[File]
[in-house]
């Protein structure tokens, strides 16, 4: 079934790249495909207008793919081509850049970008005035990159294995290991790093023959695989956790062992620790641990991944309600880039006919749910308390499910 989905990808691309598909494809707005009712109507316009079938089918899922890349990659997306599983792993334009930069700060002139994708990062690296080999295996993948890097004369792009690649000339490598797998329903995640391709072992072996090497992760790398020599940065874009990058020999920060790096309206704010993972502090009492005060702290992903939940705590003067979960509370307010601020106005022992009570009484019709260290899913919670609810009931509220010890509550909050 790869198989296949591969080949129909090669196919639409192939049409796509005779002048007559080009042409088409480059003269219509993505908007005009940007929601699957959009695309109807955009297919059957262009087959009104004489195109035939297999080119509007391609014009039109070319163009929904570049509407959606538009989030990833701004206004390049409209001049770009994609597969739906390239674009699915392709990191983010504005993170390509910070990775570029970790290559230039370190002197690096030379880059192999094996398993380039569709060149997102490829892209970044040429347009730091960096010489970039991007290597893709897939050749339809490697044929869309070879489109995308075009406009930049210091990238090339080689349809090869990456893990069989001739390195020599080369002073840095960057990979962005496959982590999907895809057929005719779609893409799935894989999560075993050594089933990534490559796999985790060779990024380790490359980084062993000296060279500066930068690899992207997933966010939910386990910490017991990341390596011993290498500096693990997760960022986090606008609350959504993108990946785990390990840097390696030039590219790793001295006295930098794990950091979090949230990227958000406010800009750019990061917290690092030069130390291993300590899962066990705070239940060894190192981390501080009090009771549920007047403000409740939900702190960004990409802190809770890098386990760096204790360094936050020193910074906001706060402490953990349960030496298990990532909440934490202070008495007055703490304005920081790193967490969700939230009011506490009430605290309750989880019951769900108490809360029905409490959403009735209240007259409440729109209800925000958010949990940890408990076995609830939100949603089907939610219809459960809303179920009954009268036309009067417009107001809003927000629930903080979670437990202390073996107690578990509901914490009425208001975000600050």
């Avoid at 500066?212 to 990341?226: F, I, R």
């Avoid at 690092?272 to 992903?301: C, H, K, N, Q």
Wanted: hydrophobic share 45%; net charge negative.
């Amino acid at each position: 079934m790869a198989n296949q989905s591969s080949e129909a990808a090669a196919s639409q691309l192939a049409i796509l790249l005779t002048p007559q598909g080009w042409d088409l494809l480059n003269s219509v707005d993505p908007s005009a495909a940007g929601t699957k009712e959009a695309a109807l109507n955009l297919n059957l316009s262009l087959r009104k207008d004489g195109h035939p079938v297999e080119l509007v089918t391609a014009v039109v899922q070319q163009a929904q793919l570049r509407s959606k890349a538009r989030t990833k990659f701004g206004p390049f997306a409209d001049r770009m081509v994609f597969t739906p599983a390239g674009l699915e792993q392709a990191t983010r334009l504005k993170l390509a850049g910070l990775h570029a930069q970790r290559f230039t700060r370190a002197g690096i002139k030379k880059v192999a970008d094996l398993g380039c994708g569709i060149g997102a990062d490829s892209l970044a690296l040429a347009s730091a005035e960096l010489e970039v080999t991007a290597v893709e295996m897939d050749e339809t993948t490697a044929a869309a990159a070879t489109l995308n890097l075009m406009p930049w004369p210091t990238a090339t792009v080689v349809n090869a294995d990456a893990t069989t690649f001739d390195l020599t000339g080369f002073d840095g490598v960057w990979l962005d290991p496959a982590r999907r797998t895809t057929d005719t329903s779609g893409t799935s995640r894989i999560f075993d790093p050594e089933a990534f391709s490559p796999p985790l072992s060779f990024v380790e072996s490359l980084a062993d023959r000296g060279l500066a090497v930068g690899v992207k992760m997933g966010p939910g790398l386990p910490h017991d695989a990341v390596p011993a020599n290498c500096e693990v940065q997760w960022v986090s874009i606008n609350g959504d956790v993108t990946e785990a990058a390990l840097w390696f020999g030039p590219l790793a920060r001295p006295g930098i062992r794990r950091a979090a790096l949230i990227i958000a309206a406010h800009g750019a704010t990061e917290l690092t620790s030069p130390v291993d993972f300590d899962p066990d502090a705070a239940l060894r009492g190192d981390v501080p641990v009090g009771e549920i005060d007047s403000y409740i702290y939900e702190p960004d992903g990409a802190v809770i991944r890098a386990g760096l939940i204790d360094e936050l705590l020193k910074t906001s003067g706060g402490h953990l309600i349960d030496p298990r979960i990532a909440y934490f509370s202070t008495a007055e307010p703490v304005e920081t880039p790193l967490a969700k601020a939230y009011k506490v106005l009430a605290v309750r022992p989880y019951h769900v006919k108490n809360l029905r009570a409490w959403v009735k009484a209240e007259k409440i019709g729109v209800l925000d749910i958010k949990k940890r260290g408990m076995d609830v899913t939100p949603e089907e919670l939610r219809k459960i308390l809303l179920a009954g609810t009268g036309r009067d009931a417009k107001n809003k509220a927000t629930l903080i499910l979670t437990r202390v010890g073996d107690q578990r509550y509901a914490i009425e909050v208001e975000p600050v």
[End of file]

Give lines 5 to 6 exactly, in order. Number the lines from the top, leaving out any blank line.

Wanted: hydrophobic share 45%; net charge negative.
């Amino acid at each position: 079934m790869a198989n296949q989905s591969s080949e129909a990808a090669a196919s639409q691309l192939a049409i796509l790249l005779t002048p007559q598909g080009w042409d088409l494809l480059n003269s219509v707005d993505p908007s005009a495909a940007g929601t699957k009712e959009a695309a109807l109507n955009l297919n059957l316009s262009l087959r009104k207008d004489g195109h035939p079938v297999e080119l509007v089918t391609a014009v039109v899922q070319q163009a929904q793919l570049r509407s959606k890349a538009r989030t990833k990659f701004g206004p390049f997306a409209d001049r770009m081509v994609f597969t739906p599983a390239g674009l699915e792993q392709a990191t983010r334009l504005k993170l390509a850049g910070l990775h570029a930069q970790r290559f230039t700060r370190a002197g690096i002139k030379k880059v192999a970008d094996l398993g380039c994708g569709i060149g997102a990062d490829s892209l970044a690296l040429a347009s730091a005035e960096l010489e970039v080999t991007a290597v893709e295996m897939d050749e339809t993948t490697a044929a869309a990159a070879t489109l995308n890097l075009m406009p930049w004369p210091t990238a090339t792009v080689v349809n090869a294995d990456a893990t069989t690649f001739d390195l020599t000339g080369f002073d840095g490598v960057w990979l962005d290991p496959a982590r999907r797998t895809t057929d005719t329903s779609g893409t799935s995640r894989i999560f075993d790093p050594e089933a990534f391709s490559p796999p985790l072992s060779f990024v380790e072996s490359l980084a062993d023959r000296g060279l500066a090497v930068g690899v992207k992760m997933g966010p939910g790398l386990p910490h017991d695989a990341v390596p011993a020599n290498c500096e693990v940065q997760w960022v986090s874009i606008n609350g959504d956790v993108t990946e785990a990058a390990l840097w390696f020999g030039p590219l790793a920060r001295p006295g930098i062992r794990r950091a979090a790096l949230i990227i958000a309206a406010h800009g750019a704010t990061e917290l690092t620790s030069p130390v291993d993972f300590d899962p066990d502090a705070a239940l060894r009492g190192d981390v501080p641990v009090g009771e549920i005060d007047s403000y409740i702290y939900e702190p960004d992903g990409a802190v809770i991944r890098a386990g760096l939940i204790d360094e936050l705590l020193k910074t906001s003067g706060g402490h953990l309600i349960d030496p298990r979960i990532a909440y934490f509370s202070t008495a007055e307010p703490v304005e920081t880039p790193l967490a969700k601020a939230y009011k506490v106005l009430a605290v309750r022992p989880y019951h769900v006919k108490n809360l029905r009570a409490w959403v009735k009484a209240e007259k409440i019709g729109v209800l925000d749910i958010k949990k940890r260290g408990m076995d609830v899913t939100p949603e089907e919670l939610r219809k459960i308390l809303l179920a009954g609810t009268g036309r009067d009931a417009k107001n809003k509220a927000t629930l903080i499910l979670t437990r202390v010890g073996d107690q578990r509550y509901a914490i009425e909050v208001e975000p600050v």